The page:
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A generation mindful of ancient traditions

The crowd at Wat Langka’s meditation sessions includes NGO workers, ambassadors.
The crowd at Wat Langka’s meditation sessions includes NGO workers, ambassadors. PHA LINA

A generation mindful of ancient traditions

When Hang Soviet was a boy, he loved to sit with his grandparents and listen to Buddhist lecturers speak on the radio.

He believes it is in his nature to be calm. Since childhood, he has always liked to spend time alone.

But it wasn’t until his second year of university in Phnom Penh that the contemplative young man discovered mindfulness meditation: the deceptively simple act of focusing on the here and now.

How to keep your mind on breathing in and out, or focus on the way your heels interact with the ground when you walk – it’s not as easy as you think.

Now 25, he carries the title of Youth Empowerment Senior Assistant at the NGO Youth Resource Development Program. He is also a loyal attendee of meditation sessions organised by an NGO.

It is one of several classes that cater to enthusiasts of mediation, which is attracting a young fanbase.

After years of being seen as the territory of the elderly, monks, nuns, and foreigners, meditation has become popular among Cambodian students and teenagers looking for an escape from school work.

At Wat Langka, where meditation classes have been held weekly for 20 years, senior monk the Venerable Yos Hout says in recent years the crowd has become increasingly mixed.

“No one is the owner of feelings. Ambassadors, NGO workers, tourists, students, doctors and businessmen come here to meditate, regardless of religion. Why? Because they want to reduce their stress and be at peace.

“Before, there were a lot of foreigners, but now there are many Cambodians,” he adds.

Meditation classes at SmallWorld. Chhunny is in the centre. PHOTO SUPPLIED
Meditation classes at SmallWorld. Chhunny is in the centre. PHOTO SUPPLIED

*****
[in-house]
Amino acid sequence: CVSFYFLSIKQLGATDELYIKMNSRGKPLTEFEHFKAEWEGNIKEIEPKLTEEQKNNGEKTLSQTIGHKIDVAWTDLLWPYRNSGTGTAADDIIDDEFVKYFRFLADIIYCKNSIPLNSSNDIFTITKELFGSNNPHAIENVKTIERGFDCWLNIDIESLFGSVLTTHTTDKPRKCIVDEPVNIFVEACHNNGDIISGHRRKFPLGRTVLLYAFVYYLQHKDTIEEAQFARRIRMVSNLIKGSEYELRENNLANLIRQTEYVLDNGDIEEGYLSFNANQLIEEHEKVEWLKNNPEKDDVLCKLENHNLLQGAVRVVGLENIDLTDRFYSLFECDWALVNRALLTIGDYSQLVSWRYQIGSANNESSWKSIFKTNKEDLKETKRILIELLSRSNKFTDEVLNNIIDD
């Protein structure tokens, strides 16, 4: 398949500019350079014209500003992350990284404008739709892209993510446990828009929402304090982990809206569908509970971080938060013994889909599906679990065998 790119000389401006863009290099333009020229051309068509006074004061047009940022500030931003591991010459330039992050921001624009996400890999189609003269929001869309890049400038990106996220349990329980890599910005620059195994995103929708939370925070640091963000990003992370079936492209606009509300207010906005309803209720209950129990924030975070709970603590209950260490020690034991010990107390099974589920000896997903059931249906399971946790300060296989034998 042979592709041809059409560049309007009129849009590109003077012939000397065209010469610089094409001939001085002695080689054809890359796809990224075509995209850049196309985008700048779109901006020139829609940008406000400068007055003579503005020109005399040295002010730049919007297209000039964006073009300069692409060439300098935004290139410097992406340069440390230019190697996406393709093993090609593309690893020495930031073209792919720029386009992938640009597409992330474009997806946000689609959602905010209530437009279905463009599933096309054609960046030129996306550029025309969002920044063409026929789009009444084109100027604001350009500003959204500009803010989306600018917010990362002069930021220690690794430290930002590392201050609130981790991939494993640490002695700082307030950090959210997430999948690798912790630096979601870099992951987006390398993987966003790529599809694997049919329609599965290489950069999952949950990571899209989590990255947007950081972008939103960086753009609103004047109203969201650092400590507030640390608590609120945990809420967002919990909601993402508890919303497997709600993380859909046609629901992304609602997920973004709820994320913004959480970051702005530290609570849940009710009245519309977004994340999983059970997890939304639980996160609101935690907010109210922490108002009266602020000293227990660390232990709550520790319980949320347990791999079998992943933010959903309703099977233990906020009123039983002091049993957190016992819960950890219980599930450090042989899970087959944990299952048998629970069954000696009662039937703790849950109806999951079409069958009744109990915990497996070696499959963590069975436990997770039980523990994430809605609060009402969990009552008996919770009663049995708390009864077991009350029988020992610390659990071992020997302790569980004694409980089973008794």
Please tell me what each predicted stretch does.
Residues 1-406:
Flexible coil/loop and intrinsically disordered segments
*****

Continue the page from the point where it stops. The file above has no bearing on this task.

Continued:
Young people, especially university students, come because they want to feel confident ahead of exams and lessons, according to the monk.

On Monday, Thursday and Saturday evenings between 6pm and 7pm at the Wat’s sessions – which have been included in editions of the Lonely Planet – mats are laid out for 50. Often, many more turn up. They spill out onto the balcony.

On a recent evening, one of those on the mats was Kong Sovannara, 26, a university student who has attended classes at Wat Langka for two years.

“As humans, we are burdened with problems, so we need to find a peaceful place,” he explains.

It’s just as well.

Studies have shown meditation can have a positive impact on health.

It can make smokers more likely to quit, can treat post-traumatic stress, and, according to researchers at the University of Pennsylvania, improve your memory in old age. One study even suggested it had a link with better genes.

“It’s not New Age nonsense,” Herbert Benson of the Massachusetts General Hospital in Boston told the New Scientist, after the genes study was published in May this year.

Noem Chhunny would agree. During his 16 years as a monk in Thailand, he meditated in a group of 700 and discovered that it had certain health benefits.

“I was sick at that time,” says the 31-year-old NGO worker and meditation enthusiast. “After three hours of meditation I felt better, and I started to practice it every day, so I become a strong and confident person.

“People use sleeping pills when they have insomnia, but it’s a bad habit. Meditation is good medicine, and important for mental health.”